Dr. Prentice served as the Chief Macroeconomist at the U.S. Department of Agricultureunder Presidents Carter and Reagan. He has also been a Visiting Scholar at the U.S. Department of Treasury under President Clinton. PauI earned his B.A. in Mathematics, and his Ph.D. in Agricultural Economics, from the University of Connecticut. In addition to teaching Economics, Math, and Science at The Vanguard School in Colorado Springs, Dr. Prentice currently serves as professor of economics at Yorktown University, senior fellow at the Independence Institute, president of the Pikes Peak Economics club, board member of the Limited Government Forum and the Urban League of Peaks Pike Region.
What do you like to do in your free time? Do you have any hobbies?
About 1/2 of my non-working life is spent on liberty-oriented projects or reading liberty-oriented books. Liberty is my main passion and hobby. Other hobbies include sports (mostly watching my boys play baseball), and camping-hiking-fishing in the beautiful Rocky Mountains of Colorado (which brings peace to my soul). I also enjoy music and the performing arts.
What drew you to the Austrian school and to the Ludwig von Mises Institute?
I was maleducated in Keynesian macroeconomics in graduate school during the 1970′s. After that, I observed that reality was orthogonal to Keynesian theory. As a trained scientist, I began my own personal search for Economic Truth. Oddly enough, that began when a friend handed me the greatest economics textbook ever written — disguised as a fictional novel — Atlas Shrugged by Ayn Rand. It crystalized for me what was happening to the economy during the late 1970′s. That led me to study Milton Friedman and the Chicago School. Then, the election of Ronald Reagan in 1980 led me to study Supply-Side economic theory. Eventually, the logic of markets — what Mises called “praxeology” — drew me to the Austrian School and eventually to the Mises Institute. My journey was helped along the way by numerous friends and colleagues.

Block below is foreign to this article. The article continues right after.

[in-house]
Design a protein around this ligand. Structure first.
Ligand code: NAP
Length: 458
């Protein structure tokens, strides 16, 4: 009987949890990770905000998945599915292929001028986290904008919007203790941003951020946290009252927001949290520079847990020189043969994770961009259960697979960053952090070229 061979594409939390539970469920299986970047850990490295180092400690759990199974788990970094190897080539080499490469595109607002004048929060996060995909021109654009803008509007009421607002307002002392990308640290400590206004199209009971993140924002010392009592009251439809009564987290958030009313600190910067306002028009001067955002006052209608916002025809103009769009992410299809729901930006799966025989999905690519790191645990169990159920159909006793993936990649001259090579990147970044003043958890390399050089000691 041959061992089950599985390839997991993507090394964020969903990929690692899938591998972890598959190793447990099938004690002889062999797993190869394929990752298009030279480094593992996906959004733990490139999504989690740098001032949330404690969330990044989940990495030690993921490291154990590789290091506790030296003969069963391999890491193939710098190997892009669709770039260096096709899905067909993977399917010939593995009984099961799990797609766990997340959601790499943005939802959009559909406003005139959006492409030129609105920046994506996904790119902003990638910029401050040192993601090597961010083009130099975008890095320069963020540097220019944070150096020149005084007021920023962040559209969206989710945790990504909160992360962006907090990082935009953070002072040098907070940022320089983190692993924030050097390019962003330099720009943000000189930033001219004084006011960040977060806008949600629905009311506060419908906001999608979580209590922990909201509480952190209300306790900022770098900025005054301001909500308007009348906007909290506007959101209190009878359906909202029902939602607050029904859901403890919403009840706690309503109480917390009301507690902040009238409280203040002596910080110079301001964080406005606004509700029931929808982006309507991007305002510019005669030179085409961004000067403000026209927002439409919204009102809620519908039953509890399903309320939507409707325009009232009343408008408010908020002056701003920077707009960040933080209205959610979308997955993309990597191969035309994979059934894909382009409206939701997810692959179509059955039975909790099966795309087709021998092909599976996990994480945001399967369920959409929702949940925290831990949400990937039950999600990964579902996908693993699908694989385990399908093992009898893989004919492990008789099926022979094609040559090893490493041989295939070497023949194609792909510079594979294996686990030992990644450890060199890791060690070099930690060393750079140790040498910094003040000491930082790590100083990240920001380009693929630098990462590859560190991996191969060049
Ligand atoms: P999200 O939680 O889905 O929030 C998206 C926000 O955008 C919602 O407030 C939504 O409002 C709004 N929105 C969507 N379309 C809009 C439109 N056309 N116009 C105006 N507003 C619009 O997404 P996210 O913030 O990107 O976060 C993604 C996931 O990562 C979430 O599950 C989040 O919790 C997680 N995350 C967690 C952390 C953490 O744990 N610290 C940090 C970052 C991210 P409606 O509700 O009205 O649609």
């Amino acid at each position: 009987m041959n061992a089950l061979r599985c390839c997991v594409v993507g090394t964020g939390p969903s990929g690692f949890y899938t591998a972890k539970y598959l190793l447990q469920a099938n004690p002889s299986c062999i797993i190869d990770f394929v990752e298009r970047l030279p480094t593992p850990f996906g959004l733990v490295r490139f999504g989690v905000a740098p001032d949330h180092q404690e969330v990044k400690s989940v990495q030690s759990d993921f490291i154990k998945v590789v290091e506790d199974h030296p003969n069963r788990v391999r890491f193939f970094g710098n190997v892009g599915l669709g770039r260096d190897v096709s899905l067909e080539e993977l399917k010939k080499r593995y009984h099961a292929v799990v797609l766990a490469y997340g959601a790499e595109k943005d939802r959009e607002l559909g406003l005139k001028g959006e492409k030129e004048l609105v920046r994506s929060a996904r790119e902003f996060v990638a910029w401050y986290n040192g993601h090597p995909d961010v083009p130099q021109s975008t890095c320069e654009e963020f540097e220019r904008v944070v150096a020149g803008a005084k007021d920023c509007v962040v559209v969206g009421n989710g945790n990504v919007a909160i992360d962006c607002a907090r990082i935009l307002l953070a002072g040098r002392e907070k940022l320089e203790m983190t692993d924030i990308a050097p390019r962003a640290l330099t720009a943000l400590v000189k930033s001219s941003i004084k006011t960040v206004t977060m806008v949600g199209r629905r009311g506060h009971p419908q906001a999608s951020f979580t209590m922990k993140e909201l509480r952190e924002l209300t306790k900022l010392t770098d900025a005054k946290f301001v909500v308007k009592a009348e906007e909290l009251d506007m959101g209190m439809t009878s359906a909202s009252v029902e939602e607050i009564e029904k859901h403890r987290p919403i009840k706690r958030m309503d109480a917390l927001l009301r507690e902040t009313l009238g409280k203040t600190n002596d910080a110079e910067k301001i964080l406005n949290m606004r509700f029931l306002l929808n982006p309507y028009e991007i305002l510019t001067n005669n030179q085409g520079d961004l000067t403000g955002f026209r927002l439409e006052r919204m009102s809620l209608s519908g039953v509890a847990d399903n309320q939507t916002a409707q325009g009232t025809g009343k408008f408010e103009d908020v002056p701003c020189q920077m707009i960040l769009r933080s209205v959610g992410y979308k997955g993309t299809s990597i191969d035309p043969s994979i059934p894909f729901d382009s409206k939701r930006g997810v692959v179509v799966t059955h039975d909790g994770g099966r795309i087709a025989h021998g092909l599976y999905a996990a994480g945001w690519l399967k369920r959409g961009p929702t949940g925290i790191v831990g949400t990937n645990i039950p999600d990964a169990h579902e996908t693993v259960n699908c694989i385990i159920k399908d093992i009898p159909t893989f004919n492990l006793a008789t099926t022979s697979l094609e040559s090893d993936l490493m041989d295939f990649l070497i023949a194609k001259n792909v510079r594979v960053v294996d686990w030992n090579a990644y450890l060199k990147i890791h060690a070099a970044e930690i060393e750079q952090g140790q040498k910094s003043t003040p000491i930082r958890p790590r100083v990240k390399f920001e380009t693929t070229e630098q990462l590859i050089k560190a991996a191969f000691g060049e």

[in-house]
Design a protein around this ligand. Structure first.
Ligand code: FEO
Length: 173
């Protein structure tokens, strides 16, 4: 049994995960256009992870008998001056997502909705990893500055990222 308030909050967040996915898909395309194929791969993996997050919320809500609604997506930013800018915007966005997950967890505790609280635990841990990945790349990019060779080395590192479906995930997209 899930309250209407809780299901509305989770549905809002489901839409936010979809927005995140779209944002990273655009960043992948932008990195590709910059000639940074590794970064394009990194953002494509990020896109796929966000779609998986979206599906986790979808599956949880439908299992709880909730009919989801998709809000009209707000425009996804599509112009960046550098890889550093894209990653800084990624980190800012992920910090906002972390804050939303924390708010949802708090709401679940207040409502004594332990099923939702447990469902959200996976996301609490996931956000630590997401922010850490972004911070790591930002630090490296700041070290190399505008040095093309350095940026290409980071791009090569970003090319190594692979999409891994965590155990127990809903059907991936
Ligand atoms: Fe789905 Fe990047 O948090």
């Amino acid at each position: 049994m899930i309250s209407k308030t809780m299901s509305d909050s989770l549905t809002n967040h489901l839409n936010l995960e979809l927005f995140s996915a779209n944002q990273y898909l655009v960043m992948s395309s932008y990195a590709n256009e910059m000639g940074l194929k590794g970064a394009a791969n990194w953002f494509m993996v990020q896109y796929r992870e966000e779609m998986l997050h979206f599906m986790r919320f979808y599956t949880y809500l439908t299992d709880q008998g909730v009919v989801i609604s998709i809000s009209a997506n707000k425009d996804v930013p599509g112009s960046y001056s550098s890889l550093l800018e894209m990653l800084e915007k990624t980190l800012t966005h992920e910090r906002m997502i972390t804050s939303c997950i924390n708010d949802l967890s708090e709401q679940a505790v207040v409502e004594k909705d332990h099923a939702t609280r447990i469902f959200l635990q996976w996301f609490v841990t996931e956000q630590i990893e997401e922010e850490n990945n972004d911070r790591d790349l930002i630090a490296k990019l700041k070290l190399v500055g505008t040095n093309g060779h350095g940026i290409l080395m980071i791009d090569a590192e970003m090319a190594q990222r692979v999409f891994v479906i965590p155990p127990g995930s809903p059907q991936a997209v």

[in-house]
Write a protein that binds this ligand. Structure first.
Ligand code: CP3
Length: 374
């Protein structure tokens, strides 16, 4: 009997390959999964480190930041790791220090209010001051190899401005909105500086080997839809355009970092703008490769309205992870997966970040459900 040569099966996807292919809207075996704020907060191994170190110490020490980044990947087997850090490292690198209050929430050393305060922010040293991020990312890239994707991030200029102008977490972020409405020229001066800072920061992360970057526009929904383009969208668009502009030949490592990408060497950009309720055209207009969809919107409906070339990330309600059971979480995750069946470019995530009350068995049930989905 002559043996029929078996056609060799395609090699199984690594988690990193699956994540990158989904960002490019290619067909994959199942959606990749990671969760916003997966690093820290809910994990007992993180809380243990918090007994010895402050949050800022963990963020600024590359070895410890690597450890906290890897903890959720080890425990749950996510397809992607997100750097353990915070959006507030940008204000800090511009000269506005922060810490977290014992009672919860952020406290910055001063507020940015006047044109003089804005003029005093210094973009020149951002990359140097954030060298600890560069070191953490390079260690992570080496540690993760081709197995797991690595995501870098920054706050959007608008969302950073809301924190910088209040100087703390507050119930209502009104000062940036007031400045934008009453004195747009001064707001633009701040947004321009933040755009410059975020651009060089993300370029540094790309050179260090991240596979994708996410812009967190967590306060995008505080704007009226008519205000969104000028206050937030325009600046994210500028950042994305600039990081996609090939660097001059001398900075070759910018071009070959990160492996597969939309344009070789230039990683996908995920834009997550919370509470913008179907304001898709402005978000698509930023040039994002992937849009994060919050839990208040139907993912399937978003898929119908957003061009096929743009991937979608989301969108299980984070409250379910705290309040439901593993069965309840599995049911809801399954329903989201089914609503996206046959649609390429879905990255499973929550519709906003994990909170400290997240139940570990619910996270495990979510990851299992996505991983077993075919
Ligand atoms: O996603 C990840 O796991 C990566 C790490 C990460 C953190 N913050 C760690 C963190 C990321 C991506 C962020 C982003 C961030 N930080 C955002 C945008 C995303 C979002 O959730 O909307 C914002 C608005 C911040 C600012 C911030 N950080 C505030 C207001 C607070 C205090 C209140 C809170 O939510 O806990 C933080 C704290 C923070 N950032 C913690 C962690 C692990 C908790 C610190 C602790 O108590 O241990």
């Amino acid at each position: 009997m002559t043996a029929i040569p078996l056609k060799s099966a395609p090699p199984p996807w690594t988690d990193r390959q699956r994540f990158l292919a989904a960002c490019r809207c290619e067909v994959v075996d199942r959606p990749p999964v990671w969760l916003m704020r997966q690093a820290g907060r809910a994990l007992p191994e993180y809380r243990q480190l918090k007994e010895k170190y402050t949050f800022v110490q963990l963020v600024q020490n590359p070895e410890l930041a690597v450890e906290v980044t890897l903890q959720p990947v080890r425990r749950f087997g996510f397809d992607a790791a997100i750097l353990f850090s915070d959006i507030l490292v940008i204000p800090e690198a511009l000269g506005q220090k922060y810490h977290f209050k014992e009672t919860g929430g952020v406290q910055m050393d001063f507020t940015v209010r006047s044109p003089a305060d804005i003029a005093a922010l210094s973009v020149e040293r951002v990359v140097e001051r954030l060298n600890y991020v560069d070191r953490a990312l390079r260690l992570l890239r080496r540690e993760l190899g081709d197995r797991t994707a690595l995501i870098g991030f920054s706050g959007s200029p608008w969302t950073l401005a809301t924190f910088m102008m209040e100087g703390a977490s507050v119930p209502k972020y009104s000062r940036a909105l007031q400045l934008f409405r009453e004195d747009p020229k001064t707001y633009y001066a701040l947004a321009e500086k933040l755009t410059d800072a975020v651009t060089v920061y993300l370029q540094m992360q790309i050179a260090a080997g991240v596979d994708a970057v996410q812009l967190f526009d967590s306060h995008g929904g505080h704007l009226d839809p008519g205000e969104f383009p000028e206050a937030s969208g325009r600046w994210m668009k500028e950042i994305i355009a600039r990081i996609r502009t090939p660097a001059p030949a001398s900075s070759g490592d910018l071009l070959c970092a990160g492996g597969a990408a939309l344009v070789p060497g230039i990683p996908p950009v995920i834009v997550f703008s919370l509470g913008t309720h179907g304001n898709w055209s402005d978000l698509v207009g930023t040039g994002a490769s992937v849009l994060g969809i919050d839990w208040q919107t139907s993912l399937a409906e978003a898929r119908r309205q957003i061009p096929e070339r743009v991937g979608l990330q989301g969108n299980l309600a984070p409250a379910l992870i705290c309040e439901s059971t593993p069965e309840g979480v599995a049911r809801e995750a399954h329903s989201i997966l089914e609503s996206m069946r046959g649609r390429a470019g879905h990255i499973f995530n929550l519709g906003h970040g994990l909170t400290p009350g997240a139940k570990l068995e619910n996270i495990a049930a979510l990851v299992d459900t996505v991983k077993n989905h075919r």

Who is your greatest inspiration?
I assume you mean my inspiration as a professional economist? Right now, I am studying economics from a biblical perspective so I would have to say Jesus Christ. There is an incredible book, Jesus: The Unknown Economist, by Charles Gave. It is eerily Austrian in its economic perspective. Of course, any list of great inspirational economists would be incomplete without Milton Friedman, FA Hayek, Ludwig von Mises, and Fredric Bastiat.
Do you feel that there is hostility against capitalism because of misconceptions? If so, how do Austrians overturn such misconceptions?
The hostility is only partly due to misconceptions, many of which are due to improper or unclear definitions. Austrians can overturn this by clearly defining terms and aruging from a position of intellectual clarity. The other part is not so easy to overturn — it is a deep philosophic difference in the very meaning and purpose of life. What is the Nature of Man? What is the value of the individual vis a vis the collective? What is the proper relationship between the governing and the governed? These questions are part of an eternal battle between liberty and slavery, between good and evil, or if you will, between human and anti-human forces.
Do you have any new works on the way?
I am researching for a book on Biblical Economics. Also, I would like to write an economics textbook for use in mainstream academia, but based on Austrian economic principles. There is so much bad economics out there that it is horrifying.
What kind of impact do you hope to make with your work?
Save the world! Actually, contribute in some small way to the understanding that you cannot disconnect political liberty from economic liberty. You cannot have a command-and-control economy and maintain a free society. That is why I left the business world to become a professional educator.
Are there any words of wisdom you wish to pass onto the next generation of Austrian scholars?
Don’t cede the definitions and assumptions of the Statists. We were born to Liberty — it is our birthright. Whether you believe that comes from our Creator or from our Humanity, it is our birthright. Austrian economc theory concludes that free markets and voluntary exchange create the most peace and prosperity. We do not assume that, we conclude it. This is true economic science, not disguised political opinion as in Keynesian-Marxism. We are not the ideologues, they are. We have proved the world is round. It is simple but not simplistic — we are right, and the Flat-Earthers are wrong. One thing I like about the Mises Institute is the idea that it is our task to keep the light shining in the darkness. You cannot extinguish the dark, but you can illuminate it.
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